Portrait of Susannah Lloyd is an 1806 painting by English Romantic landscape artist John Constable. This work is located in the Tate Museum in London, England.
Susannah Lloyd lived during the 18th century in Wales, and she is best known as the wife of Charles Lloyd, a notable figure in Welsh literature and history. The couple was part of the Society of Friends, commonly known as Quakers, a religious group known for its emphasis on simplicity, equality, and social justice.
Charles Lloyd, Susannah’s husband, gained recognition for his contributions to Welsh literature and antiquarian studies. His work often focused on preserving and understanding the history and culture of Wales. As a Quaker, Charles was likely involved in the community’s commitment to social reform and philanthropy.
Susannah’s life and contributions are less extensively documented in historical records, which is not uncommon for women of that era. However, it is important to note that Quaker communities often valued the contributions of women to various aspects of community life, including education, charity, and social welfare.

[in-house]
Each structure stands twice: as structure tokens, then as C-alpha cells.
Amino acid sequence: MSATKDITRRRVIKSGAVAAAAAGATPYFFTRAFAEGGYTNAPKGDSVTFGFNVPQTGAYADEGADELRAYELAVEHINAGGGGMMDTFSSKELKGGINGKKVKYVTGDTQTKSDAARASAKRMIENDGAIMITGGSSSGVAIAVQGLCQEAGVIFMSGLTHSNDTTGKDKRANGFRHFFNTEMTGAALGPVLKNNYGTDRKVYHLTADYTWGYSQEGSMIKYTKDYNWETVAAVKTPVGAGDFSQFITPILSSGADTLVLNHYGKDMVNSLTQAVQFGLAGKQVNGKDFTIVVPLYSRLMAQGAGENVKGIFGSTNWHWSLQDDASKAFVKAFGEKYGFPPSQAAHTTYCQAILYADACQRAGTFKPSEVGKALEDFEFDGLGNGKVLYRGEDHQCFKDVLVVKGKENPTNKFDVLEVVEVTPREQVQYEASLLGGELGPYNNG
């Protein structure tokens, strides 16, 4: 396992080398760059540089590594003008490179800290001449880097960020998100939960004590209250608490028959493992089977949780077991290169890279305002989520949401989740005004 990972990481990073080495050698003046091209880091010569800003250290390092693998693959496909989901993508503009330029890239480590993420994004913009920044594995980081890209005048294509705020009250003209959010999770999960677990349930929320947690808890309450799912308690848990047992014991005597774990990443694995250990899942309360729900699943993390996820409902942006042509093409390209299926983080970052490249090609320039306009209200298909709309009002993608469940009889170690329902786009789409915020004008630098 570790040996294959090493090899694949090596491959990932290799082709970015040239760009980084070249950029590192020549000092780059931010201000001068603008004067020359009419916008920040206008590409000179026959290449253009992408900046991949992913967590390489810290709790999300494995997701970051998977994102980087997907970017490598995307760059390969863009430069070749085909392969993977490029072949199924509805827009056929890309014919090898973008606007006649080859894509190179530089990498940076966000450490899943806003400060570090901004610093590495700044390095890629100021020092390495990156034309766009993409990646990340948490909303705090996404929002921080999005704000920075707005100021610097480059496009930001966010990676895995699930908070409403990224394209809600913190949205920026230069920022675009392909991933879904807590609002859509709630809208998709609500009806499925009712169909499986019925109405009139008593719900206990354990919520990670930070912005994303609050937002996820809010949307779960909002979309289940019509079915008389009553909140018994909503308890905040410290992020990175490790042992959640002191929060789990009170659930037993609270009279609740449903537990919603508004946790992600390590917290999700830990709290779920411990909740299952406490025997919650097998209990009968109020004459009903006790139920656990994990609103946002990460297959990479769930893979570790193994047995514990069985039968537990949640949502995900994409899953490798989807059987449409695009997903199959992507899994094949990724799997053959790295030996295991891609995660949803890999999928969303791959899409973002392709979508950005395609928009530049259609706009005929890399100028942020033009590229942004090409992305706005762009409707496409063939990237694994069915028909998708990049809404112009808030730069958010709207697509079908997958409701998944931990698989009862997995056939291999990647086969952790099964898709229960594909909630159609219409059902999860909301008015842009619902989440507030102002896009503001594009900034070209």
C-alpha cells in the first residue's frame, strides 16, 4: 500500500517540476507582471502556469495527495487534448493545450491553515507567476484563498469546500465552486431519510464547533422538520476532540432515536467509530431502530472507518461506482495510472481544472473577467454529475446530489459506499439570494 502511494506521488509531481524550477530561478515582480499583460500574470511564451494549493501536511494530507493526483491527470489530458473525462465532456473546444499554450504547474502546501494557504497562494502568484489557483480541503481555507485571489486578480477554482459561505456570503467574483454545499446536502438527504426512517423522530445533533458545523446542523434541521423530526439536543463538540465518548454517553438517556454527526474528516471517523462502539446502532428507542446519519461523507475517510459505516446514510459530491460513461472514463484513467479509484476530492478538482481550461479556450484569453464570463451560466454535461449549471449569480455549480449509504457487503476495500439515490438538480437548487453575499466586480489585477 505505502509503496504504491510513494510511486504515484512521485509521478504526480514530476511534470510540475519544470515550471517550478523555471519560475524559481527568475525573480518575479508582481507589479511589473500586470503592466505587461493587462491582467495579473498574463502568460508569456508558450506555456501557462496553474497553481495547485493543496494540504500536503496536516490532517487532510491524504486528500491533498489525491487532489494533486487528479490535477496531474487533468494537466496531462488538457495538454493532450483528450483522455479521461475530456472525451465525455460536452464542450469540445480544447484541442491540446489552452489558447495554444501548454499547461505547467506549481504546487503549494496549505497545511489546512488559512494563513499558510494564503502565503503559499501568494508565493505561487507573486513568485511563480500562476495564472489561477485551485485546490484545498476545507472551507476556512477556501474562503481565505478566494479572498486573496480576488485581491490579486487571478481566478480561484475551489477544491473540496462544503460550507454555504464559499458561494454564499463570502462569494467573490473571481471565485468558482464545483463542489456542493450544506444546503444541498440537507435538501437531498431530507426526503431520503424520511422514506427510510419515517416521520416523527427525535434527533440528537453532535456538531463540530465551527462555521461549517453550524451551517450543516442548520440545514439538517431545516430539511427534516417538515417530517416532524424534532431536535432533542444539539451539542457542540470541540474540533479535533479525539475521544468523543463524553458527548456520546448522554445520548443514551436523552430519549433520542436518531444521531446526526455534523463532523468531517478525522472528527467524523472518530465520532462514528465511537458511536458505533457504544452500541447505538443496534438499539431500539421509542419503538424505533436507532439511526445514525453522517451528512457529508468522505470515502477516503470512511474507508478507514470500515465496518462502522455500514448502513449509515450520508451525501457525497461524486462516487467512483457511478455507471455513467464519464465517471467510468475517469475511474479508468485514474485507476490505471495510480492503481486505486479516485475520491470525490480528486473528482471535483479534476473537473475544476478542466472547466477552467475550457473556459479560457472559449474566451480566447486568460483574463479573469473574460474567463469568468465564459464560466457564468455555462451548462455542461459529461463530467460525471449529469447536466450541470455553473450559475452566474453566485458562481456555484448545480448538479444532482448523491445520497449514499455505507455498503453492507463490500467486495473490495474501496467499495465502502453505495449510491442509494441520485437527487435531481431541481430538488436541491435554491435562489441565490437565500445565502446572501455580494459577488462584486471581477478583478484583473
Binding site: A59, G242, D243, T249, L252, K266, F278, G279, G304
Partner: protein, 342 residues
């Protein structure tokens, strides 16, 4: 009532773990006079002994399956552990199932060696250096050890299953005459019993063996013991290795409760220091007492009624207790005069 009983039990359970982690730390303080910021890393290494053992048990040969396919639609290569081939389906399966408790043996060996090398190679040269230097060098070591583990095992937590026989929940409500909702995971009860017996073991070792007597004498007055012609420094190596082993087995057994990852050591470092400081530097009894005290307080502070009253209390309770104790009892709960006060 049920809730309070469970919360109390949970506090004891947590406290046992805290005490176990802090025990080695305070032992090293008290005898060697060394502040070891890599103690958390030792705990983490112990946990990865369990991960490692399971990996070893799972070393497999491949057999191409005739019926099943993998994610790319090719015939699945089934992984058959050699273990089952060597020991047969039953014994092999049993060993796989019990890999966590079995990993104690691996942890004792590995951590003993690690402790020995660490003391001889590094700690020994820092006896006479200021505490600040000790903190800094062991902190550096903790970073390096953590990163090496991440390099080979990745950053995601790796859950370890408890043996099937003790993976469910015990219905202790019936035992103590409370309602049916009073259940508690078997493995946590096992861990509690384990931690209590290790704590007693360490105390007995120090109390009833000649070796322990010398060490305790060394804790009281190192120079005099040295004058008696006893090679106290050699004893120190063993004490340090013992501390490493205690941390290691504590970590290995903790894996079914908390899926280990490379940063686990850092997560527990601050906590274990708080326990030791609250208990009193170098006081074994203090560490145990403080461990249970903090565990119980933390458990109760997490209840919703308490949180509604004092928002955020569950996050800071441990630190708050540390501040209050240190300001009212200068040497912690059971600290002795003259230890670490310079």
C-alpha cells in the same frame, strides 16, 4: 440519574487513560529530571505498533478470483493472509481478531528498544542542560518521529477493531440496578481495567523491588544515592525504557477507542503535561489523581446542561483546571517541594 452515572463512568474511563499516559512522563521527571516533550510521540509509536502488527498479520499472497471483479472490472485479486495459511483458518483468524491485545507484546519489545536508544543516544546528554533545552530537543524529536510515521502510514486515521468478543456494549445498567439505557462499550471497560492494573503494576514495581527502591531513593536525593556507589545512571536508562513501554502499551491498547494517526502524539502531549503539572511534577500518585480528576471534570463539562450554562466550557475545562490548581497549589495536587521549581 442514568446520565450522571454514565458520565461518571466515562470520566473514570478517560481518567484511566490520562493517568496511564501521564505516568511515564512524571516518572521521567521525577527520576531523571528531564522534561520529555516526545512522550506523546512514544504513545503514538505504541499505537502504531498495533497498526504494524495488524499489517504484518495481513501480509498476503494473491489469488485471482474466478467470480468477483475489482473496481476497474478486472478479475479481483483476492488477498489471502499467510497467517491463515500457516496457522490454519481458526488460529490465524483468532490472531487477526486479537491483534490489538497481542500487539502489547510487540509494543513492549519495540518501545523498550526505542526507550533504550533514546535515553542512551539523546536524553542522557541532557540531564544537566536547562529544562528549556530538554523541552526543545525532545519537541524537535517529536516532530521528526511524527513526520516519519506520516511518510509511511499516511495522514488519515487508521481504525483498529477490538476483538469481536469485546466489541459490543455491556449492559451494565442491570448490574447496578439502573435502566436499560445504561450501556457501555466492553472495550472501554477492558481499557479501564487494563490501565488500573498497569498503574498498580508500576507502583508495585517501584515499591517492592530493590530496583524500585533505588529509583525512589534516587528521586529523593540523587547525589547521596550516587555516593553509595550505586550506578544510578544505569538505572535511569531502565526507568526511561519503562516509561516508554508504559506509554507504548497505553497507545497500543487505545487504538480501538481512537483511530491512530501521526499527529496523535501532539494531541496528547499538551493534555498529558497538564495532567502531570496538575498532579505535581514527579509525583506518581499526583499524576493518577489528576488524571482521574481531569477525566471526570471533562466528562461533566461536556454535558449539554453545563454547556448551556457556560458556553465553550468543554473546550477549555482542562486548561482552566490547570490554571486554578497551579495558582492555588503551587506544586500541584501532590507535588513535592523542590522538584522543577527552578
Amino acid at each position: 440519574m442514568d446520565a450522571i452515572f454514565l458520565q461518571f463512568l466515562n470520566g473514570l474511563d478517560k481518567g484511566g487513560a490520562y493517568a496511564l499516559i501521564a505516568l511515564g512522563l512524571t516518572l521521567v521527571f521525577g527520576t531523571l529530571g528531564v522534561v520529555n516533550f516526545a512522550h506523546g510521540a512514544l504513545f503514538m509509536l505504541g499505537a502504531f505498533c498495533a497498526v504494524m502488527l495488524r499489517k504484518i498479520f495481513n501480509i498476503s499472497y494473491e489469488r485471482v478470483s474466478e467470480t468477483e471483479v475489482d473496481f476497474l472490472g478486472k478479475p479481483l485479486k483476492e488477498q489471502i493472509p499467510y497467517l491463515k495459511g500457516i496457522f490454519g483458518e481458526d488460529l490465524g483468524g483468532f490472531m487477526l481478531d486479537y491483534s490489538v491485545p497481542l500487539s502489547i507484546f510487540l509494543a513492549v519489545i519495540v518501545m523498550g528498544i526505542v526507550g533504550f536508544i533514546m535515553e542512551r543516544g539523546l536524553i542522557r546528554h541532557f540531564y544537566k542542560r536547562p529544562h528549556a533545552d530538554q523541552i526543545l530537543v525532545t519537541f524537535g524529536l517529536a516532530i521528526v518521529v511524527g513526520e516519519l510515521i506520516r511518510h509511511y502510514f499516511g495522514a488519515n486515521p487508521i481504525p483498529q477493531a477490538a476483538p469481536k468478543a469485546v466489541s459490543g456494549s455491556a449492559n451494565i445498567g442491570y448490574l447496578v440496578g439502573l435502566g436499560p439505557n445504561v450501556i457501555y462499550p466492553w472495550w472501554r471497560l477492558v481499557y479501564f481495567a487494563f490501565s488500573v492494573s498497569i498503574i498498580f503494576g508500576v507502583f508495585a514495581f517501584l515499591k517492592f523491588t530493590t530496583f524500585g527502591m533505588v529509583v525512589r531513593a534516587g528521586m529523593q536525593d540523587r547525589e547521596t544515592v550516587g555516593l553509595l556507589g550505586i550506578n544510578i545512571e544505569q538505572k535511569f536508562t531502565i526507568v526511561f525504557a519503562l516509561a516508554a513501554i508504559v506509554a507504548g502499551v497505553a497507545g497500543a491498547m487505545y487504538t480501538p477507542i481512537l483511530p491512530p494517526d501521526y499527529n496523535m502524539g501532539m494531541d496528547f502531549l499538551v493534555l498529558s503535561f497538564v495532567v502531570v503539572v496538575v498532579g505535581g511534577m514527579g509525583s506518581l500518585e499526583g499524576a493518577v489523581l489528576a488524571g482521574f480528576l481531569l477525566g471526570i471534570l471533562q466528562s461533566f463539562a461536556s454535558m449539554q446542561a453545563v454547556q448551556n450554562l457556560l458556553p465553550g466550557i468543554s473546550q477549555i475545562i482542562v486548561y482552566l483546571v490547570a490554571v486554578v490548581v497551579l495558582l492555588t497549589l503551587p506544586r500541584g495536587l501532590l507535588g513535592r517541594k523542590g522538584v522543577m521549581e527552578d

As a Quaker wife in the 18th century, Susannah likely played a significant role in supporting her husband’s pursuits and participating in the religious and social activities of the Quaker community. Quaker women were known for their equality within the religious society, and they often engaged in community work and social causes alongside their male counterparts.
Quakers were advocates of social justice, peace, and humanitarian efforts. The 18th century was a period marked by societal changes, and Quakers were often at the forefront of various reform movements, including those related to slavery abolition and prison reform.
John Constable painted numerous portraits of members of the Lloyd family in the early 1800s.